Wound oxygenation is an essential strategy for the management of wounds regardless of their severity. Fortunately, in most wound healing situations, autoregulatory mechanisms ensure that oxygen is adequate to meet metabolic requirements. When not adequate, wound healing may be impeded or even totally interrupted, infection may not be controlled, and tissues may die, leading to limb amputations . Wound oxygenation is a function of perfusion. This part of the three-part series discusses oxygen requirements for wound healing and control of infection and methods (and their rationale) for augmenting wound perfusion-oxygenation and introduces the subject of hyperbaric oxygen (HBO2) as a tactic for mitigating hypoxia in wounds in particular and in other conditions where HBO2 is useful in general.
Safety in a hyperbaric chamber begins with design and specifications that are incorporated in construction codes such as the ASME Boiler and Pressure Vessel Code. ASME and related codes establish minimum standards for materials utilized in the construction of a chamber and how those materials are fabricated.2 Subcodes address specific requirements for pressure vessels intended for human occupancy and the viewports utilized in the chamber.3 ASME codes focus on maintenance of the structural integrity of the chamber during routine operations as well as providing safety components such as pressure relief valves to reduce the potential for catastrophic failure of the chamber in the event of overpressure resulting from fire or other mishap. A chamber will undergo inspection, testing, and be stamped to indicate that it has been manufactured in compliance with the applicable pressure vessel code. In many locales, only stamped pressure vessels are allowed to be utilized.
There are differing opinions regarding when to use advanced wound modalities. Many believe that advanced wound modalities should only be used when a wound fails to heal with standard wound management over some period of time, while some believe that advanced therapies should be used immediately on wounds that are identified to be potentially difficult to heal.(2-6) Most insurance carriers have specific guidelines that govern when they will allow use of advanced wound modalities.
For some accidents there is a clear “smoking gun.” However, most accidents are caused by a combination of factors, each of which contributes in some manner. Often these factors accumulate over some period of time preceding the accident. This chapter addresses the factors that foster conditions under which accidents are more likely to happen and discusses some of the steps to be taken to avoid them. Also included is a case history illustrating several of the factors.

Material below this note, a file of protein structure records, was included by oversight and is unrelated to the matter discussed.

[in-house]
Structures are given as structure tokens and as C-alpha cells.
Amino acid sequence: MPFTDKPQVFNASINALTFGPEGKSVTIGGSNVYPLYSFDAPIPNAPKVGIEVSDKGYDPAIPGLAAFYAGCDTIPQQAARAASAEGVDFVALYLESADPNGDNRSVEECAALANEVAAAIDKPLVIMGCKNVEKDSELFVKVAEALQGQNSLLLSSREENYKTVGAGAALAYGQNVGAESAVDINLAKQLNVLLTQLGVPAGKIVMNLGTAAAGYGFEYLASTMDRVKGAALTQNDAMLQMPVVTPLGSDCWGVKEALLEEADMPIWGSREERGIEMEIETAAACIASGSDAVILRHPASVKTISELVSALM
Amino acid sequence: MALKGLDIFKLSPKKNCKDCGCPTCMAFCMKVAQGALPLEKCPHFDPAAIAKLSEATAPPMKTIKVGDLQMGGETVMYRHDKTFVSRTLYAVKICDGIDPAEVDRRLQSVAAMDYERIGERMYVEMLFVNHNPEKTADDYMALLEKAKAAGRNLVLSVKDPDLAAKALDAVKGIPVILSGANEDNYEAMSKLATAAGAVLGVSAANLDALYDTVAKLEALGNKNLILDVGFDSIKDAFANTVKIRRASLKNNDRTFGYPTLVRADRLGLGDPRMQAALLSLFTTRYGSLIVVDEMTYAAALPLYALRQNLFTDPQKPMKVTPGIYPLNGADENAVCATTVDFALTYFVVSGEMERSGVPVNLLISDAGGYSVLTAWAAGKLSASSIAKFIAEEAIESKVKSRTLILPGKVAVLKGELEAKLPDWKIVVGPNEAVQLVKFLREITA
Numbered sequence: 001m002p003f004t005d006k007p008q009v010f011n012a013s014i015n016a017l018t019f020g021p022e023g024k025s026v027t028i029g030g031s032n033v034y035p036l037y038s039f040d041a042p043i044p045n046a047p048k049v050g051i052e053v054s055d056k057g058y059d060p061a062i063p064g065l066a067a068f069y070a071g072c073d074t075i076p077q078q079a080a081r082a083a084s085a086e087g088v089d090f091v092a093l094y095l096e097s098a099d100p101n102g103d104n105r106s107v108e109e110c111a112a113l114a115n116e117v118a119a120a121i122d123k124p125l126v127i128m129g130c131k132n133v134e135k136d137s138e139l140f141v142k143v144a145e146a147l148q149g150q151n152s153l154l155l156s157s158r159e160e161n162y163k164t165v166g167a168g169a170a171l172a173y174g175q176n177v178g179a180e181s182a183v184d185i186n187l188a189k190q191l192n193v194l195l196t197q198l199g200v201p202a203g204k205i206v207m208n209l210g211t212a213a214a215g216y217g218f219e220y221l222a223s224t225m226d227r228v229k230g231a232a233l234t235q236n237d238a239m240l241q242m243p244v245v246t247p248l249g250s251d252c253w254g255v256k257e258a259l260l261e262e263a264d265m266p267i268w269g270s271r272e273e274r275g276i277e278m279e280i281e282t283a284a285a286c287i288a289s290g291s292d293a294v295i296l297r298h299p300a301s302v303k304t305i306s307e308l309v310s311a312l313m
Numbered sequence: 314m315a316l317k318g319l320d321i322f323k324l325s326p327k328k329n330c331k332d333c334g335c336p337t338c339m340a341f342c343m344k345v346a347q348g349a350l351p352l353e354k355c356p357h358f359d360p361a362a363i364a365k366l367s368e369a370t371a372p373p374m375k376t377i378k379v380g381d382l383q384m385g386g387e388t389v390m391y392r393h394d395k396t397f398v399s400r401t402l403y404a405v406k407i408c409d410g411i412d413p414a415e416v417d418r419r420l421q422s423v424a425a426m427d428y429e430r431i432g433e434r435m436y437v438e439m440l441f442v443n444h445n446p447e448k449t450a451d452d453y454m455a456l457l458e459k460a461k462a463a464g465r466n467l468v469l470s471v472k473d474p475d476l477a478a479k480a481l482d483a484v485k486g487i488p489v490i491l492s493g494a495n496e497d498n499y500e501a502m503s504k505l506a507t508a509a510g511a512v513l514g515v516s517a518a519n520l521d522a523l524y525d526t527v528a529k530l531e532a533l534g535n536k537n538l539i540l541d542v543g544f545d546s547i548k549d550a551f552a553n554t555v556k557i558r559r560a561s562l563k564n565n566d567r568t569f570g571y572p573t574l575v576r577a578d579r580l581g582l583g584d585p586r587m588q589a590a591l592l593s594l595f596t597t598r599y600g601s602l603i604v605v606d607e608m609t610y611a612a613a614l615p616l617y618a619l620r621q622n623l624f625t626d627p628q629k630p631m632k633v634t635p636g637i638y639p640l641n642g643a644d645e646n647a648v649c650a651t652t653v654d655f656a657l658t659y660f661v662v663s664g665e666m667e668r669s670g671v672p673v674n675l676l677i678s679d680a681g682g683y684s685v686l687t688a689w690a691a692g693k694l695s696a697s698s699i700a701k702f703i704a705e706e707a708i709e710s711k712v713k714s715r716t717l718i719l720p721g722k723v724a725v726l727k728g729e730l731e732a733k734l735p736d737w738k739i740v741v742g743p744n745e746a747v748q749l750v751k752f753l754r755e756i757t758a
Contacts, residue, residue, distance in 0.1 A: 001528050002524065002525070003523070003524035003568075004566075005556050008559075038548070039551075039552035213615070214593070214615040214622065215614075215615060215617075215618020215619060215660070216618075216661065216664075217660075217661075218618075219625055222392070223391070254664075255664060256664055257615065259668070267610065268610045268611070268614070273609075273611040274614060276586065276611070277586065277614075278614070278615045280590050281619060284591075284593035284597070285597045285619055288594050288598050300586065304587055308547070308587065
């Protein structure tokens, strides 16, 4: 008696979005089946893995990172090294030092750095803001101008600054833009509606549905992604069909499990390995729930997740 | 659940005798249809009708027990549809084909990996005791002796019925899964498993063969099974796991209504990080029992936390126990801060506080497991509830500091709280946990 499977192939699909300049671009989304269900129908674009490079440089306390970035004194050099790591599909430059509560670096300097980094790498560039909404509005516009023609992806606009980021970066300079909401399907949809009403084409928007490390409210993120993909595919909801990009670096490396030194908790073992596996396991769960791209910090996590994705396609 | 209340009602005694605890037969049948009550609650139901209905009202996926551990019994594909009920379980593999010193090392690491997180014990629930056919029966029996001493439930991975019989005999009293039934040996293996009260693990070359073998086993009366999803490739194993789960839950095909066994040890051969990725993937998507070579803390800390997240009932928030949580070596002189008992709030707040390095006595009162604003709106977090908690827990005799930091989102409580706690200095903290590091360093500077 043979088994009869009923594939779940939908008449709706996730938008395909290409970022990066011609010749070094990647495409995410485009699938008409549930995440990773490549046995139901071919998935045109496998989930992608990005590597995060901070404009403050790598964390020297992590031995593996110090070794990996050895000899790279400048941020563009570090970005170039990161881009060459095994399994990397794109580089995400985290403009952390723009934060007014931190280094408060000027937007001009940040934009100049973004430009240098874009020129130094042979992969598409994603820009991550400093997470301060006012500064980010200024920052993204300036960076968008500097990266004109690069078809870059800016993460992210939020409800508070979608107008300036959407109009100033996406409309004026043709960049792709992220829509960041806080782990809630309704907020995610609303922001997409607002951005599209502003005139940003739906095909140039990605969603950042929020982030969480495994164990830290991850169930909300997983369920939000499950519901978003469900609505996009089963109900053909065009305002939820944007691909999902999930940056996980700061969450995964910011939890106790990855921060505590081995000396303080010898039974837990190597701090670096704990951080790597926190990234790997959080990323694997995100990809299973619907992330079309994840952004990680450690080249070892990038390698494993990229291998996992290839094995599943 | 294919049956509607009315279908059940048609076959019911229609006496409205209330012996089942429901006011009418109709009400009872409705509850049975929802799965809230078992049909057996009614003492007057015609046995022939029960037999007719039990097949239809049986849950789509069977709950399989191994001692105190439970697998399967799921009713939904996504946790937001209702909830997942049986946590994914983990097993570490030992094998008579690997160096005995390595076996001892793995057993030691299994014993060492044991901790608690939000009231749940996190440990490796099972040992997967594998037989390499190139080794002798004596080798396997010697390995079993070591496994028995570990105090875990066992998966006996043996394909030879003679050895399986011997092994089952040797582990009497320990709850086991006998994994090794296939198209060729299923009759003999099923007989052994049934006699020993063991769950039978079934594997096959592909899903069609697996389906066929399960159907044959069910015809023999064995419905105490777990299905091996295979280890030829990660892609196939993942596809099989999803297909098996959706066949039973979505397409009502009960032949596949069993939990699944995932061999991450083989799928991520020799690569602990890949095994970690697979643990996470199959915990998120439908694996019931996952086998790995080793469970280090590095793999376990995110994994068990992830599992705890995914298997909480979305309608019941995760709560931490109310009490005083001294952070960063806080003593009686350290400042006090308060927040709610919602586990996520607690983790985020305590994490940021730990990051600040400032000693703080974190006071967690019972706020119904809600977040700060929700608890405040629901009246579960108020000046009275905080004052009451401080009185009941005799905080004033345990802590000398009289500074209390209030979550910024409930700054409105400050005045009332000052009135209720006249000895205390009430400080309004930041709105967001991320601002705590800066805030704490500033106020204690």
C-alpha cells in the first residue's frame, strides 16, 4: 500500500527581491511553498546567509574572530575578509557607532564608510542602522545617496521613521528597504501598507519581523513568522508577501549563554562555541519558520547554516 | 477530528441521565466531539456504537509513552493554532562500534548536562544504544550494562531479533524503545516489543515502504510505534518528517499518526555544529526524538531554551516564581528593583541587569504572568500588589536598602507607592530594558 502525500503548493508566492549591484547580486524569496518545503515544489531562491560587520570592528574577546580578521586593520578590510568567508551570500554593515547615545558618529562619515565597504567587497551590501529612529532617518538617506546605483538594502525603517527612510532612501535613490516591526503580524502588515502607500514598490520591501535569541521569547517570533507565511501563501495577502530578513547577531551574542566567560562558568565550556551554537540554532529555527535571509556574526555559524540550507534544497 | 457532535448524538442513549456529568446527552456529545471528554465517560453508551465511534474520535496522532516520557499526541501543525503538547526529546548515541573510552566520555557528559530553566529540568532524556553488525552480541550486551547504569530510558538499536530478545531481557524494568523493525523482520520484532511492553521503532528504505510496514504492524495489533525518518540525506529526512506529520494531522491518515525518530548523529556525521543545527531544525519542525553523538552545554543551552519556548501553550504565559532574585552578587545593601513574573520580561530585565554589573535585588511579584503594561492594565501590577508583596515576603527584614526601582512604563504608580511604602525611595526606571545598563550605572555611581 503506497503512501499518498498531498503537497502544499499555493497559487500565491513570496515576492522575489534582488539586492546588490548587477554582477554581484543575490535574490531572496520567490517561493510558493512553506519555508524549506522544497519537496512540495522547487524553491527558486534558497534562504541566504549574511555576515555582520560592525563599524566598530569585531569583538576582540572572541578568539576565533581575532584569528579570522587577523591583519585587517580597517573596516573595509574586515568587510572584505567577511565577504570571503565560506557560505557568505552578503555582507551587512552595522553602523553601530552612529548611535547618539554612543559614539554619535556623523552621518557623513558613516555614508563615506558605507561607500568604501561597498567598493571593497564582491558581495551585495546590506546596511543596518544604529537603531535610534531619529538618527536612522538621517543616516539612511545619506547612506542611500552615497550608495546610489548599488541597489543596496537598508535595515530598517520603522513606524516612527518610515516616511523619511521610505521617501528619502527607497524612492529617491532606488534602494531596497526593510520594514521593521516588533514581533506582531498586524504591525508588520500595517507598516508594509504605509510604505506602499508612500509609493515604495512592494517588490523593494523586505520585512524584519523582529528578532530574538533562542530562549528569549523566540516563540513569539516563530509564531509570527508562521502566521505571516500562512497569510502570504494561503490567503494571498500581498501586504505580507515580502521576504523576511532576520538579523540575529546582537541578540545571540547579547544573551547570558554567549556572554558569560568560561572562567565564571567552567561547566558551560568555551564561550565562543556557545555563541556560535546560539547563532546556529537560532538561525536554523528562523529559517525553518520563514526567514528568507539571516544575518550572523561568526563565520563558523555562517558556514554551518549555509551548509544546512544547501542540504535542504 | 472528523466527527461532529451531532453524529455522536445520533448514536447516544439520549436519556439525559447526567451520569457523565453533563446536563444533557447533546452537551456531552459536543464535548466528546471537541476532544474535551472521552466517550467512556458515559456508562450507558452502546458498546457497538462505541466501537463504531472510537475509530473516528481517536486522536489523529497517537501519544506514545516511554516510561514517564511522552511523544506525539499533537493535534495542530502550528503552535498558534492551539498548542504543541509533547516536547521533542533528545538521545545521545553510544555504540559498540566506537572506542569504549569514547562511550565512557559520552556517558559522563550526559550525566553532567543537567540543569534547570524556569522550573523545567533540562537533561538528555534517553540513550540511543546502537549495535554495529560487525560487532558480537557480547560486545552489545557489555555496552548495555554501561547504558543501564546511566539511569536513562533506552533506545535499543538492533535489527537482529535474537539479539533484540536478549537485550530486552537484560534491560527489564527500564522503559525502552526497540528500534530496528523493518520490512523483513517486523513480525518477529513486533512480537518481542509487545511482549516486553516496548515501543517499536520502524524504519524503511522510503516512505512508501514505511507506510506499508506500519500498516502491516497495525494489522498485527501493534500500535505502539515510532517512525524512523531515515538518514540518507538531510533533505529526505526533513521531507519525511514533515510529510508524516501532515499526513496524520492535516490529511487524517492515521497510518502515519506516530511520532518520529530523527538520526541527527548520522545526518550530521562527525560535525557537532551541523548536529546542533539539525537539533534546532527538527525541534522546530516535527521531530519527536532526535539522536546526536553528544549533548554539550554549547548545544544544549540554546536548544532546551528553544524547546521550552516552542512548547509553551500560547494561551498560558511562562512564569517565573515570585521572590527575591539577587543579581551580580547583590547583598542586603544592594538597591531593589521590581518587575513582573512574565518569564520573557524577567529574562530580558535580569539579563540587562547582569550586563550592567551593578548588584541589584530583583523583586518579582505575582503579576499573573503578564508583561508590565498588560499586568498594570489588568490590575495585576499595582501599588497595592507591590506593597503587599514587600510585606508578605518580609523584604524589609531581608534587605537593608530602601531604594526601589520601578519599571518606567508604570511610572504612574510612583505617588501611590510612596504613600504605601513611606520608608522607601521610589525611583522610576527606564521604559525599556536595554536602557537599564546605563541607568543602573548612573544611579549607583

Dressing product selection is based on comprehensive assessments of the wound and the patient’s overall physiology. Determining whether a person’s body can support complete wound healing requires clinical skills and significant knowledge of the many barriers to healing, including which impediments can be influenced by the wound care team and which cannot. When making decisions for treatment, one should consider whether the wound has healing potential, is more likely maintenance wound, or has evolved to a non healable ulcer unable to garner the endogenous constituents needed for wound closure and healing.(12,16) For instance, a patient with end-stage cancer who has a Stage 4 infected pressure injury located on the sacrum may benefit from interventions aimed at pain and odor control, addressing the infection, support for activities of daily living, and other health-related quality-of-life issues addressed through a palliative care approach rather than aggressive debridement and advanced dressings looking at the end goal of wound closure.(16) In such a case, maintenance wound care would be more appropriate.
Determing the best interventions, including dressing selection, for patients and their wounds requires looking at the situation holistically. Creating the treatment plan for a chronic wound is dependent upon many diverse patient, wound, economic, and social considerations. The dressing selection goes beyond simply choosing a product to cover the wound. Details assessments of the patient and wound should drive the components of goal-directed wound care. The health-care provider must determine the etiology of the wound, patient comorbidities that may impair the wound healing process (e.g. diabetes and blood glucose levels), nutrition/hydration status, systemic and local tissue oxygenation, and patient/familiy concerns such as pain and odor issues. Each of these factors contribute to creating an individualized plan for care for choosing the most appropriate products and interventions.
We are pleased to announce Michael White, MD, UHM, MMM, CWS as the incoming Medical Director for Wound Care Education Partners. Dr. White is assuming the role from the outgoing Medical Director, Helen Gelly, MD, FUHM, FACCWS, UHM/ABPM.
In this 3 - Part series, we're looking at the most commonly used classification scales currently in use to classify diabetic foot ulcers, including:
There are many scales that attempt to classify diabetic foot ulcers, but few have been validated and none have demonstarated prognistic reliabilty or accuracy with regard to healing a DFU. Some scales focus on anatomy (depth of ulcer), some include vasular assessment, and others include the presence or absence of infection.
Diabetes mellitus is an epidemic of global proportion with a steadily rising prealence of disease. There were an estimated 28.9 million (21 million diagnosed, 8.1 million undiagnosed) adults with diabetes mellitus in the United States in 2012. The prevalence of diabetes mellitus among adults has quadrupled from 1980 to 2014. This rate continues to rise, with 1.7 million new cases reported in 2012. Globally, it is estimated that there are 422 million adults with diabetes mellitus.